I am sitting at the kitchen table of a 1930s ex-council terraced cottage in a tiny village in Oxfordshire. I have a view of a small but beautiful, jungly garden. The sun is shining and the garden is alive with birds flitting around the bird-feeders, all oblivious to the lurking, unseen presence of a cat called Tybalt.
Tybalt is why I am here. My friend A— has decided to go to Scotland for the Jubilee weekend as she reckons it’ll be largely bunting-free. She is perfectly happy for others to celebrate but her village has rather gone to town with it, so to speak, and indeed it is the kind of village that would look rather weird without bunting, like the one taken over by Nazis in Went the Day Well? I have proven abilities as a cat-sitter, and indeed as a Tybalt-sitter, having performed the same duty for a month four years ago. As this coincided with a year of homelessness, the chance to sleep in the same bed for 30 days straight was my idea of haut luxe and I have very happy memories of the place.
It’s only for a week this time, but I am very pleased with the prospect; later on I shall go for a walk in the sunshine and almost certainly go to the local pub for a pint or two. There used to be a very nice pub, the Star, in the next village along, Stanton St John. It served a very nice beer called Inspector Morse and had a supremely competent barmaid/manager from, I think, Latvia, with whom I fell a little bit in love. All gone now. It is heartbreaking. But it could have been worse: there were plans to turn the surrounding countryside into the Oxford-Cambridge highway, but thankfully it appears that plan has been shelved. I pray this is actually the case.
Funnily enough, for the past week or so I have been having dreams about cats every single night. Of all conceivable varieties, and all of them loving and affectionate. One of them was a were-cat, who turned into a beautiful woman when no one else was looking. I shall draw a veil over what happened with her (it wasn’t that rude).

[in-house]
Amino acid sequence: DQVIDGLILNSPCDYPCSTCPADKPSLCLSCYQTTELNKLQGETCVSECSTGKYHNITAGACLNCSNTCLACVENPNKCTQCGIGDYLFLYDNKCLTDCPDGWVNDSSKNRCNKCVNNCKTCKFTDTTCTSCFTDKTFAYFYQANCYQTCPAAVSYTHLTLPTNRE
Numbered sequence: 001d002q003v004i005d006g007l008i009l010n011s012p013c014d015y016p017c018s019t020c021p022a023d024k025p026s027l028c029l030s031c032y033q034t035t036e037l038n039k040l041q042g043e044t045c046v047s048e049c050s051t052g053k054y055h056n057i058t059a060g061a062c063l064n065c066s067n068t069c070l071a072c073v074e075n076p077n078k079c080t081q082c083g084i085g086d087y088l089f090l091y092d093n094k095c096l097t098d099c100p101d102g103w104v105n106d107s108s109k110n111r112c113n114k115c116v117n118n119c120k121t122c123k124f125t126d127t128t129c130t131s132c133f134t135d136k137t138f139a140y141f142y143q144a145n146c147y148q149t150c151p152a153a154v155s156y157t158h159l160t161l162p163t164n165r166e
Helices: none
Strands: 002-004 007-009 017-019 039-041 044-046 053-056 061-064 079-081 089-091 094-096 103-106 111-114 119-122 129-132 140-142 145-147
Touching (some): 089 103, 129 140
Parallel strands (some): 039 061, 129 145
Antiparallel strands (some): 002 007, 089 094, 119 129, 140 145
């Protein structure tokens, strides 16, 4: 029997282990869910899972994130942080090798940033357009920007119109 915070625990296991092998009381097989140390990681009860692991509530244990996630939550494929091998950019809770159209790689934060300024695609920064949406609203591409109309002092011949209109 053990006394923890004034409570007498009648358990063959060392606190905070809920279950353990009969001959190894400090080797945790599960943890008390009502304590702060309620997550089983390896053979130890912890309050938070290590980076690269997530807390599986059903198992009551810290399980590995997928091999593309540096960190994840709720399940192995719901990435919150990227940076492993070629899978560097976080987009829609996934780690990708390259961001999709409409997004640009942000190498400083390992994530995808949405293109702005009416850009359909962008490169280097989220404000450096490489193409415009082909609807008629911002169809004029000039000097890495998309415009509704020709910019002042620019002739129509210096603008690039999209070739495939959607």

The only problem is that Tybalt is not exactly a loving or affectionate cat to anyone except A—. Even my month with him might have been written in water for all he cared. He gave me a look that couldn’t have said, “God, not you again” more plainly even if he suddenly developed the power of speech. As I value feline life even more dearly than human life, I brought along some smoked salmon to establish my bona fides, but he glared at it and went out. “I would rather eat the voles in the fields than this garbage,” he said as he left. And he meant it to sting.
But he’ll come back. Well, I bloody hope so. Even the surliest cat will be able to hold a place in my heart, and the affection I have for this part of the world – it’s basically the Shire – means that the soul is being balmed every second I am here.
But yet, I am still alone. For the past few days I have been obliged to read Robinson Crusoe, and reading that when you’re on your own is an intense experience. Believe it or not, I have never read it before, which is quite the admission from someone with a degree in Eng Lit and a certain reputation as a book reviewer. But it’s one of those books people think they don’t need to read because, well, it’s about this guy who lives on a deserted island for years, then he meets this other guy and he calls him Friday. What else do we need to know?
What else we need to know is that it is even better than I dared hope. It’s like The Martian, but with less poo. It’s that good. I wonder if it was an influence. But reading a book for hours at a stretch is rather immersive, and even when reading it in Brighton I felt as though I was on a desolate shore with no prospect of rescue. I scan for ships from my high window with my perspective glass (Crusoe’s term), but none stop for me. I feel as though I have grown a beard and am dressed in goatskins. (Alexander Selkirk, the marooned sailor who was one of the inspirations for the novel, had, um, carnal knowledge of the goats of the island he lived on, but there’s no hanky-panky in Defoe’s work.) I loved the quote about the book from James Joyce that Wikipedia helpfully provides: “He is the true prototype of the British colonist… The whole Anglo-Saxon spirit in Crusoe: the manly independence, the unconscious cruelty, the persistence, the slow yet efficient intelligence, the sexual apathy, the calculating taciturnity.”
I suppose that’s me these days, apart from the cruelty; but I guess that which I have is unconscious. As for the sexual apathy, how Crusoe was meant to indulge himself in a sexual relationship with anyone apart from himself without goat-bothering I don’t know. Anyway, that kind of thing is all in the past for me now. The heart lies smashed upon the rocks, and there’s no point in going to it and scavenging for supplies, as Crusoe did with his ship. I am content to look into the garden, at the fluttering birds.
This article appears in the 08 Jun 2022 issue of the New Statesman, Marked Man